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Nitrogen Fixation vs. Nitrification: What's the Difference?

Edited by Janet White || By Harlon Moss || Updated on October 28, 2023
Nitrogen fixation is the process of converting atmospheric nitrogen (N₂) into ammonia (NH₃), while nitrification converts ammonia into nitrites and nitrates.

Key Differences

Nitrogen fixation and nitrification are vital processes in the nitrogen cycle, ensuring the conversion and availability of nitrogen for plants and other organisms. While nitrogen fixation refers to the conversion of atmospheric nitrogen (N2) into a usable form by certain bacteria, nitrification is the process by which ammonia is converted into nitrate by other sets of bacteria.
The primary function of nitrogen fixation is to make atmospheric nitrogen accessible to plants. Specific bacteria, like those in the root nodules of legumes or some free-living bacteria in the soil, capture and convert N2 into ammonia (NH3) or related compounds. On the other hand, nitrification acts as a subsequent step, where ammonia, either from fixation or other sources, undergoes a two-step conversion: first to nitrite (NO2-) and then to nitrate (NO3-), primarily by nitrifying bacteria.
While nitrogen fixation is an anaerobic process that requires a lot of energy, often derived from the breakdown of carbohydrates by the bacteria, nitrification is an aerobic process conducted by nitrifying bacteria in the presence of oxygen. These distinctions in conditions mean that nitrogen-fixing bacteria and nitrifying bacteria thrive in different soil environments, with fixation preferring low-oxygen conditions and nitrification demanding well-aerated soils.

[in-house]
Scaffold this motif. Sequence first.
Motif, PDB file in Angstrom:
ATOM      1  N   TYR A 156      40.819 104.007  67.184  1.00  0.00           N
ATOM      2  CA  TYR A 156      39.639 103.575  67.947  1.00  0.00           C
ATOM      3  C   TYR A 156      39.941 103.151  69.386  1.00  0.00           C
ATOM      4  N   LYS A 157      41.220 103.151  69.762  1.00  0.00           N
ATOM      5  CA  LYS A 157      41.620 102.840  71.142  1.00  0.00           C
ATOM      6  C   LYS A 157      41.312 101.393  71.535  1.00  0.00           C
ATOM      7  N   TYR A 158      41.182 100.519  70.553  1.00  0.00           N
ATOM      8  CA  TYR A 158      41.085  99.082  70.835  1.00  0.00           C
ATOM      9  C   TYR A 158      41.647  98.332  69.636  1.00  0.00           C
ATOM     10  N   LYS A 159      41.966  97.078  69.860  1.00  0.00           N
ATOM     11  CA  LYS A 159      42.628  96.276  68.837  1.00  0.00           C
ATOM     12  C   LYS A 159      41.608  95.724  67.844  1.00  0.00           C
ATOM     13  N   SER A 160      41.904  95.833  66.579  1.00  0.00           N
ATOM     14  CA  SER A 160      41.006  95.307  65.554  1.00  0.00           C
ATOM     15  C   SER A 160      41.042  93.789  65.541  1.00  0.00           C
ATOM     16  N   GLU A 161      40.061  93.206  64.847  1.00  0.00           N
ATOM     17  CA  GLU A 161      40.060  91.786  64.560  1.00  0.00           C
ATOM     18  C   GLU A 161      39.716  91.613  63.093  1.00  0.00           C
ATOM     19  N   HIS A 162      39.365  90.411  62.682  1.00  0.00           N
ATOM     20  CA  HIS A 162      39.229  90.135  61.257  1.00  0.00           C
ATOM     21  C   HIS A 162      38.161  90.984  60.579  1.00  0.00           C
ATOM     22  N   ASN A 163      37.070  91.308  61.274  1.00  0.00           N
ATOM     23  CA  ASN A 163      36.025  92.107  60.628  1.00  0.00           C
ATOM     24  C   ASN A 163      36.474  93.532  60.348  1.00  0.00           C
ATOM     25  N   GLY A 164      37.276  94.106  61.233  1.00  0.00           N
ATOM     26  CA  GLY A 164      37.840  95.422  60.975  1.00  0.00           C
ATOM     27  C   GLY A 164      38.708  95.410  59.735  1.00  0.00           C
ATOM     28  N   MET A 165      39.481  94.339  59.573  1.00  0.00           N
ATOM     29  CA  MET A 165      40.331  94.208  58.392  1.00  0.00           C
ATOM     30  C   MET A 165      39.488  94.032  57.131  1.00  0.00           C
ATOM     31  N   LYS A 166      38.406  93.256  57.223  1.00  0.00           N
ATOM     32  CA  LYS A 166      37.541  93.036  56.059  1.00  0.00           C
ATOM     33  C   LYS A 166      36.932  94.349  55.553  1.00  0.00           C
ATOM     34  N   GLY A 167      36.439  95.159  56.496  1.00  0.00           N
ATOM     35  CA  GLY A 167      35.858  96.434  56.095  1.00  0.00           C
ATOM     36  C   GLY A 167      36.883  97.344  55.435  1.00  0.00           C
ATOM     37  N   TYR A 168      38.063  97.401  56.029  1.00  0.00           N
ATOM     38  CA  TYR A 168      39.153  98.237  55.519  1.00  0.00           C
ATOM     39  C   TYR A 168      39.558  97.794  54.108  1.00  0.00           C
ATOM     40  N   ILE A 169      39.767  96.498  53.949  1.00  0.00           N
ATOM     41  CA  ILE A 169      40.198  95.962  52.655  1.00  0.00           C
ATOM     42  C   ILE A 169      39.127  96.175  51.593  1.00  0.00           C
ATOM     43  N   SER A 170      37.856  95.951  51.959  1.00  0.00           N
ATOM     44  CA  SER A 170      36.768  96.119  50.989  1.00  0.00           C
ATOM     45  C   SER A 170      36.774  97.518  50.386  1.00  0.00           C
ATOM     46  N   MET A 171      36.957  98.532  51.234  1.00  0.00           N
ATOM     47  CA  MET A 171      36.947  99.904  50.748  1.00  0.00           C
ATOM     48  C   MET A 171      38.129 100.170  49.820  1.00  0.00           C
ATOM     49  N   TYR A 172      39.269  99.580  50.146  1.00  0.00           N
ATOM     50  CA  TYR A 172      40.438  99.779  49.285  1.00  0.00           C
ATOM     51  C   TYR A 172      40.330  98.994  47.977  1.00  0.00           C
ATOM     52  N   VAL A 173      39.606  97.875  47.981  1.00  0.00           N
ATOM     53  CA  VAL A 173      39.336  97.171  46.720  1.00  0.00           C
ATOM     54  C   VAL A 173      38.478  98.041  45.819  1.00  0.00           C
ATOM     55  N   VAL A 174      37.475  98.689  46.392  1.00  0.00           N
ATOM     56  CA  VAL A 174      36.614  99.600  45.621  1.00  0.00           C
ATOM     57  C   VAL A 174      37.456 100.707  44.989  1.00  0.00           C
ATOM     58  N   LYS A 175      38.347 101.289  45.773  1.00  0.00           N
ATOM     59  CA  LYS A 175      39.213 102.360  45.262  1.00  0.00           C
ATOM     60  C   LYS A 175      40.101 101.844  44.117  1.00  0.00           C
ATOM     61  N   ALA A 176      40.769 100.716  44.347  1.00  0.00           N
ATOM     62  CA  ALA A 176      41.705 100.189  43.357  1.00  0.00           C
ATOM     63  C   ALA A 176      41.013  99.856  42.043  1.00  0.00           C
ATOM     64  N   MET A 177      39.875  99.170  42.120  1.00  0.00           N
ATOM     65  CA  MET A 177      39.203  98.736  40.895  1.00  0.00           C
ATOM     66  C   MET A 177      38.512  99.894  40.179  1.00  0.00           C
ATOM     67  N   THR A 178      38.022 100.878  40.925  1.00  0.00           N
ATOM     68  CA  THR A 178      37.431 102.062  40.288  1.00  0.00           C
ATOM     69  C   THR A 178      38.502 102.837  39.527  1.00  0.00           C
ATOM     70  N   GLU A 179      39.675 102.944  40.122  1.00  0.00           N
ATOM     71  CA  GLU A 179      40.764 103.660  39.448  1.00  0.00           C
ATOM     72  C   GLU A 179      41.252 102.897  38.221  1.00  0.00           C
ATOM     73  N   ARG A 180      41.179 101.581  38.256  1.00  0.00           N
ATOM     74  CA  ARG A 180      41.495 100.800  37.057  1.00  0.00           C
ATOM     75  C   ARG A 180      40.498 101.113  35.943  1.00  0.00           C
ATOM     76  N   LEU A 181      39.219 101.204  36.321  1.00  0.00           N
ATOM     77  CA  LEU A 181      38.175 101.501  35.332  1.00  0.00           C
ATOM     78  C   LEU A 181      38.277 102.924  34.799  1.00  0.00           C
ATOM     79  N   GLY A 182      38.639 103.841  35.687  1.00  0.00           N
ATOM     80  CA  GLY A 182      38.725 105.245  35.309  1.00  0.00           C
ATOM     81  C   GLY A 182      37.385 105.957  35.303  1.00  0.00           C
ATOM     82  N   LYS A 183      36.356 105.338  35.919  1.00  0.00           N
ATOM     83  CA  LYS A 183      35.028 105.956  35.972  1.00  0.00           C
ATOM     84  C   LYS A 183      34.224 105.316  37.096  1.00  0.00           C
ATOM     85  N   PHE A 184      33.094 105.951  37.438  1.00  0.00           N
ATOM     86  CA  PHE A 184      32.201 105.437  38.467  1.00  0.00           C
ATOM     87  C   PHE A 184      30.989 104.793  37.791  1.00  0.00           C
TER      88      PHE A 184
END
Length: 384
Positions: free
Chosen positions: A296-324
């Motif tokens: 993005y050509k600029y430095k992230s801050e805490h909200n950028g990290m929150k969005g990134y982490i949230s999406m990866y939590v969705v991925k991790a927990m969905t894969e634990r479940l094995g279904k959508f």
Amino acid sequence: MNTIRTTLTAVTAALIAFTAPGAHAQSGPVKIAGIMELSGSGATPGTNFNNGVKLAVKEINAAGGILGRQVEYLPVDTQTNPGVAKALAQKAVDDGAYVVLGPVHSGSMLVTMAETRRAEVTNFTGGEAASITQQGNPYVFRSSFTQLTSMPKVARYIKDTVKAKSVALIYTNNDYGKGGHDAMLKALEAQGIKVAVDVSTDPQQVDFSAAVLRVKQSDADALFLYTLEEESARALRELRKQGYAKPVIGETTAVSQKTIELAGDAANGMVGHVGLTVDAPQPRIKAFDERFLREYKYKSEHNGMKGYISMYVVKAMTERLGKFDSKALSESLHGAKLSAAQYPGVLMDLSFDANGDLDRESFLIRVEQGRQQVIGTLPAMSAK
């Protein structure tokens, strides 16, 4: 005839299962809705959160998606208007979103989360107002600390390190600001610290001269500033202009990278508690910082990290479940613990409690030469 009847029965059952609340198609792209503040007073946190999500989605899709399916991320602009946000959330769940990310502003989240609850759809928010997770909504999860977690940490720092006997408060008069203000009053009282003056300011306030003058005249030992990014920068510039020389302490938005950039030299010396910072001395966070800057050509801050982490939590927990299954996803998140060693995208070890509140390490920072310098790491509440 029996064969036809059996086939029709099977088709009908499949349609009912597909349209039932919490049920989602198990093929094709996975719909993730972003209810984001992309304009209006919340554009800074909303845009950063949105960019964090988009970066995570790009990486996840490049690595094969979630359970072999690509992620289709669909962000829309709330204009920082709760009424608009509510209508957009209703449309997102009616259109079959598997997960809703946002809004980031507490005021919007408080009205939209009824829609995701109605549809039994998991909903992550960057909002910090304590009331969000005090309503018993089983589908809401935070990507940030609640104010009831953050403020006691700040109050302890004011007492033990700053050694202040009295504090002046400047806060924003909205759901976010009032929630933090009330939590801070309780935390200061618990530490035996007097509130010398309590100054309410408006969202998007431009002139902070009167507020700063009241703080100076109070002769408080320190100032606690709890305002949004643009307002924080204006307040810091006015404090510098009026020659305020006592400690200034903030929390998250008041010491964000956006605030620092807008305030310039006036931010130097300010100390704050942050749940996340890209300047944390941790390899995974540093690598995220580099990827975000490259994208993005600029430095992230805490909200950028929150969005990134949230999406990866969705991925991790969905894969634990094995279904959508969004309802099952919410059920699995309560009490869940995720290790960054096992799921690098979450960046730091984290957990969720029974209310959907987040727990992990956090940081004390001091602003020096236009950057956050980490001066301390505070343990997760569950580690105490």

Both nitrogen fixation and nitrification have significant agricultural implications. With fixation, crops like beans and peas can acquire nitrogen directly from the atmosphere, reducing the need for nitrogenous fertilizers. Meanwhile, nitrification ensures that nitrogen in the soil is in the form of nitrates, which are more easily taken up by plant roots than ammonia or nitrite.

Comparison Chart


Converts N₂ to NH₃
Converts NH₃ to NO₂⁻ and then to NO₃⁻

Main Microbes Involved

Nitrogen-fixing bacteria
Ammonia-oxidizing and nitrite-oxidizing bacteria

Importance in Nitrogen Cycle

Introduces available nitrogen to ecosystems
Transforms ammonia to less harmful nitrates

Occurs in

Root nodules of legumes and some free-living bacteria
Soil and aquatic environments

Associated with

Leguminous plants
Soil nitrates

Nitrogen Fixation and Nitrification Definitions

Nitrogen Fixation

A microbial process of making nitrogen available.
The nitrogen fixation by bacteria helps plants grow.


The transformation of toxic ammonia.
After nitrification, plants can easily take up the resulting nitrates.

Nitrogen Fixation

The synthesis of organic nitrogen compounds.
Through nitrogen fixation, some plants can thrive in nitrogen-poor soils.


A two-step microbial oxidation process.
Nitrification in the aquarium filter helps detoxify the water.

Nitrogen Fixation

Introduction of biologically useful nitrogen.
Crop rotation uses legumes for nitrogen fixation to benefit subsequent crops.


A bacterial-driven soil process.
Proper aeration promotes nitrification in wastewater treatment.

Nitrogen Fixation

Conversion of atmospheric nitrogen to ammonia.
Symbiotic bacteria in legume roots aid in nitrogen fixation.


Production of soil nitrates from ammonia.
Nitrification ensures the conversion of harmful ammonia to plant-friendly nitrates.